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Parsonage Turner Syndrome - Analysis Of Two Cases

Author(s): Dr. Raju Karuppal

Journal: Journal of Orthopaedics
ISSN 0972-978X

Volume: 2;
Issue: 5;
Date: 2005;
Original page

Keywords: Bilateral Winging of scapula | Brachial Plexus neuritis | Parsonage-Turner syndrome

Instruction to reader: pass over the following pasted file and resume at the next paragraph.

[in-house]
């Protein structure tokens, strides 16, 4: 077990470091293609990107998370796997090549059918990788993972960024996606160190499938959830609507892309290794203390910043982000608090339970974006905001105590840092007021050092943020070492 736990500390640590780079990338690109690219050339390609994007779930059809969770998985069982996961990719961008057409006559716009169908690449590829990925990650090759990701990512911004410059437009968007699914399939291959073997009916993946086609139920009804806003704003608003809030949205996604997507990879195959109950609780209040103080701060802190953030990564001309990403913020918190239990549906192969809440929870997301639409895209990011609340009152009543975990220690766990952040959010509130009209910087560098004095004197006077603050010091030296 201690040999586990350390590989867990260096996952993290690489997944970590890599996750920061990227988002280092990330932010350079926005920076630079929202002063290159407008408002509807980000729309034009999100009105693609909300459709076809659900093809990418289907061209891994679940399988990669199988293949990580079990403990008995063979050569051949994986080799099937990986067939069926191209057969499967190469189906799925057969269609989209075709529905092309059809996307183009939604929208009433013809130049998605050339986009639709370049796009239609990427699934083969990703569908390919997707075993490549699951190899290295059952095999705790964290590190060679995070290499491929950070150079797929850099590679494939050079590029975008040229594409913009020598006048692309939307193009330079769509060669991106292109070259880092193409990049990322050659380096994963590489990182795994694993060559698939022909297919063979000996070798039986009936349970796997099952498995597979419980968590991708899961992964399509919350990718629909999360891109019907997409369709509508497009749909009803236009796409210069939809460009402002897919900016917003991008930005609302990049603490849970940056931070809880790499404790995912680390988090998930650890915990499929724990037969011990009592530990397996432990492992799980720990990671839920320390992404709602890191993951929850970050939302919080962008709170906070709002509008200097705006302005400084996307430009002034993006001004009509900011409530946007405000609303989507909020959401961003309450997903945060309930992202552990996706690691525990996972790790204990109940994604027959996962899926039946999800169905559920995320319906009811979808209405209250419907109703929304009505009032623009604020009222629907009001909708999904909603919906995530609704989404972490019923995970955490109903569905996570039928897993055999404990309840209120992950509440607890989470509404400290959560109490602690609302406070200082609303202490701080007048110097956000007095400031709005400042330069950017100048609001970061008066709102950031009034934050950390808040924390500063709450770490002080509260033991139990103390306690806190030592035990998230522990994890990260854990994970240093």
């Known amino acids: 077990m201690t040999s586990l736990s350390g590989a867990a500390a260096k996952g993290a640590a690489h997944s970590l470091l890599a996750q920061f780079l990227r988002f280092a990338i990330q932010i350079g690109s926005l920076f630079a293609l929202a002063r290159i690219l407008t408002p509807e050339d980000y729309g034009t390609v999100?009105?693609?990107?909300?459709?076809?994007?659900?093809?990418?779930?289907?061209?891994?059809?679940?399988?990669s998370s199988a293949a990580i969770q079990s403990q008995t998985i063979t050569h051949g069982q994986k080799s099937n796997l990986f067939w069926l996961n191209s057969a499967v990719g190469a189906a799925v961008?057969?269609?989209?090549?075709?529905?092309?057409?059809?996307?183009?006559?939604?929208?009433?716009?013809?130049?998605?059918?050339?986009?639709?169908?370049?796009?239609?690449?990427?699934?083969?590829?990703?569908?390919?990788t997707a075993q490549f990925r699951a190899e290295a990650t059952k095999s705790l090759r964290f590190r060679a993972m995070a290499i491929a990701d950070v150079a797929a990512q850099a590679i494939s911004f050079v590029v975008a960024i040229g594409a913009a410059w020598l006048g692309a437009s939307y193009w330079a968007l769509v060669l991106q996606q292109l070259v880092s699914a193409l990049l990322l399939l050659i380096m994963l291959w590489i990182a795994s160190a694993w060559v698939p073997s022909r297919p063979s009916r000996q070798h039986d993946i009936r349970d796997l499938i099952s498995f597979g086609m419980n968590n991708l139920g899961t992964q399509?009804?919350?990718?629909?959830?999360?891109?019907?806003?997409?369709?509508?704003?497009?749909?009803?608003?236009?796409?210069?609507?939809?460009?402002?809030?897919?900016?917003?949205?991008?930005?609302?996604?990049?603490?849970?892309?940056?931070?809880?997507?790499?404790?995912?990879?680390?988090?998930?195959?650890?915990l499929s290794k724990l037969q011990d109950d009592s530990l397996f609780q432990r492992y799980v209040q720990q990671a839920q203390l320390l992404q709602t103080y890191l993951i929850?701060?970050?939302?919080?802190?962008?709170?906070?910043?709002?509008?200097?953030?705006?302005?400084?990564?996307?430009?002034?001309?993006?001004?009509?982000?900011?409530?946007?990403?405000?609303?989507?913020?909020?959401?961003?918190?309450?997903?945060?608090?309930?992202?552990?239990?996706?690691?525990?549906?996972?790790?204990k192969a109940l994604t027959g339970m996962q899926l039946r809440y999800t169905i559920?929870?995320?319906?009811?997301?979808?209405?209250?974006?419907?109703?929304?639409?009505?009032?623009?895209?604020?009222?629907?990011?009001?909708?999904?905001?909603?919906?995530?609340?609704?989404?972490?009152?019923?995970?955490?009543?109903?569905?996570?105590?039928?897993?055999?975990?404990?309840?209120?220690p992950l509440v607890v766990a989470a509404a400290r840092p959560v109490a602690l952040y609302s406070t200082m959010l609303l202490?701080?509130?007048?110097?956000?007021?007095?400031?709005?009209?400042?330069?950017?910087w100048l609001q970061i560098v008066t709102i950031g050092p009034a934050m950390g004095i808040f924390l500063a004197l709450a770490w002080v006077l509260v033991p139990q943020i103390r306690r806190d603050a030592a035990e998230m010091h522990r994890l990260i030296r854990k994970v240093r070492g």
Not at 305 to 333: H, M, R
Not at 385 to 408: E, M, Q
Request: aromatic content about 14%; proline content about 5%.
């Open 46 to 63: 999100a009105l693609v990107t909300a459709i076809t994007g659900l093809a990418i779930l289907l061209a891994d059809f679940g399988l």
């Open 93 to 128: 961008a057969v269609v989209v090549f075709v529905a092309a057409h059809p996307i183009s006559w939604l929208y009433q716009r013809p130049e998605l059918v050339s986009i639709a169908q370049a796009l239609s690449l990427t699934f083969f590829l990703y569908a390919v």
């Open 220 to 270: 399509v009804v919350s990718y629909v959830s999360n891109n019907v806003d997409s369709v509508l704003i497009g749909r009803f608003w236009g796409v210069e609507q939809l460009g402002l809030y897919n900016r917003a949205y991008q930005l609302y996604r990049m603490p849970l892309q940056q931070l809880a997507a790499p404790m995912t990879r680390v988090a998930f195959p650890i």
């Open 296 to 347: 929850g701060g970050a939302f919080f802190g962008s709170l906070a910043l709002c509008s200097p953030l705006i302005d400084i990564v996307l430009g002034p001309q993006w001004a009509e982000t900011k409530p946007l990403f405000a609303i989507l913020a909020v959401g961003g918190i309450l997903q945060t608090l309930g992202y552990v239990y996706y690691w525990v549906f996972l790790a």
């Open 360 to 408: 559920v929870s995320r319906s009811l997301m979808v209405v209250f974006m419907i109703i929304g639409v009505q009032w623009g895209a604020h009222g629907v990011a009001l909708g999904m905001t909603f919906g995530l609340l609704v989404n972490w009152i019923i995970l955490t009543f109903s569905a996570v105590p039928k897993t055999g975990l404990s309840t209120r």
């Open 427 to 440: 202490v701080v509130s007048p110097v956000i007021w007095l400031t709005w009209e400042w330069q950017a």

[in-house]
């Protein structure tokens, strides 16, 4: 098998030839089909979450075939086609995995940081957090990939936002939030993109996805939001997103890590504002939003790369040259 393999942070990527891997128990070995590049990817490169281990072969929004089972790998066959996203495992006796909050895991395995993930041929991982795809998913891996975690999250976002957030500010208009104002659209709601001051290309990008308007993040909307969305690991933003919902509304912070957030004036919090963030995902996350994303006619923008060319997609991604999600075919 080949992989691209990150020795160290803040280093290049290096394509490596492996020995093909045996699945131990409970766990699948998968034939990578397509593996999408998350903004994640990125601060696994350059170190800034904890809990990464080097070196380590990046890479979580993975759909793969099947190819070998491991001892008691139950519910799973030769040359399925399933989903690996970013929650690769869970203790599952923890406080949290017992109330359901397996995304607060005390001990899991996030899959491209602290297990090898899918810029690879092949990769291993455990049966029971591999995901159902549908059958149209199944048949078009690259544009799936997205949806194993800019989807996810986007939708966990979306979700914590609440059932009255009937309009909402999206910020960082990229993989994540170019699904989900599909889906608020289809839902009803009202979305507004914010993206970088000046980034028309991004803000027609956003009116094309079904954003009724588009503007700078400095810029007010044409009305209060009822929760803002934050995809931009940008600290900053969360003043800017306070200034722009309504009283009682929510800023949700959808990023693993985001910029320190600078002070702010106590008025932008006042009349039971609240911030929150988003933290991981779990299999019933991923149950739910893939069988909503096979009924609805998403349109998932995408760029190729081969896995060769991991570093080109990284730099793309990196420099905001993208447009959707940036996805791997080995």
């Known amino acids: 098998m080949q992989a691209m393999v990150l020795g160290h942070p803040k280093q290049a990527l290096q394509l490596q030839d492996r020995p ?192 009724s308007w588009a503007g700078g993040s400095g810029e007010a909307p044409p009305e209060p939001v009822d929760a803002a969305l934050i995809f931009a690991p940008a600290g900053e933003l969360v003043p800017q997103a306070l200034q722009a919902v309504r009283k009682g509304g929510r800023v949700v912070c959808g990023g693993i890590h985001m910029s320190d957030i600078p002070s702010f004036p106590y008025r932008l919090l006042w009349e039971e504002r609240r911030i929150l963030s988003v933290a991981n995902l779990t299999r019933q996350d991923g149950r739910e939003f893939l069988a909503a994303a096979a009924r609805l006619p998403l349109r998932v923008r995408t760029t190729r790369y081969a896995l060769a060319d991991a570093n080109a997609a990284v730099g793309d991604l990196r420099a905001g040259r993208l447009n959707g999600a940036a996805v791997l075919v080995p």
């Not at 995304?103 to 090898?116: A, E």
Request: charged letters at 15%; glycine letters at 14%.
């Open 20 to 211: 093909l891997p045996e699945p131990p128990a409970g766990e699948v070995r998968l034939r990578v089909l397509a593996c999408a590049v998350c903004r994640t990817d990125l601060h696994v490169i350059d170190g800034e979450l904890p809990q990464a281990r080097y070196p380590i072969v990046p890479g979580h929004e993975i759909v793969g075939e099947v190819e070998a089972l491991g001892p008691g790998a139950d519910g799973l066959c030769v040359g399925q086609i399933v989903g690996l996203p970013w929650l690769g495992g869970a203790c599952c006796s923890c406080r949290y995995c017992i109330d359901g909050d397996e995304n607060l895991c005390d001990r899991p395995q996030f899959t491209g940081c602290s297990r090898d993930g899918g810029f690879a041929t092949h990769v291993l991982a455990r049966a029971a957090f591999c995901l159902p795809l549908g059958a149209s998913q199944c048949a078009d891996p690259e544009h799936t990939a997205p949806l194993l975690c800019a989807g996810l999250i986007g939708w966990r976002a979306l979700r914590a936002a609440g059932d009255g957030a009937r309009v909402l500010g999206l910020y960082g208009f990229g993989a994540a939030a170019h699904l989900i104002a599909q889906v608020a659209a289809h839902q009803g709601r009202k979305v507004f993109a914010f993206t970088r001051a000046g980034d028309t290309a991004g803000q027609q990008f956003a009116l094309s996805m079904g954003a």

Brachial Plexus neuritis, often referred to as Parsonage-Turner syndrome, can be a vexing problem for both the patient and the physician. It is a common condition characterized by inflammation of a network of nerves that control and innervate the muscles of the chest, shoulders, and arms (brachial plexus). Individuals with the condition first experience a sudden onset of severe pain across the shoulder and upper arm. Within a few hours or days, the muscles of the involved shoulder may be affected by, weakness, wasting (atrophy), and paralysis (atrophic paralysis). Although individuals with the condition may experience paralysis of the affected areas for months or, in some cases, years, recovery is usually complete. The exact cause of Parsonage-Turner Syndrome is not known. Today different mononeuropathies are described as syndromes and cervical plexus neuropathies are indicated by their etiology. This condition presents with severe pain in the shoulder and arm, followed by atrophic paralysis of some muscles of shoulder girdle. Often a generalized aching and fever precede it. If serratus anterior is involved, and it usually is, the scapula wings and the patient has difficulty in raising his arm upward and outward. This type of condition was documented by J. D. Spillane in 1943(1). The pain decreased spontaneously and eventually resolved completely in all patients. Weakness in the shoulder had developed at a mean of approximately four weeks after the initial onset of pain. The weakness decreased spontaneously but very gradually in one case, one patient had persistent, mild weakness at the most recent follow-up evaluation.
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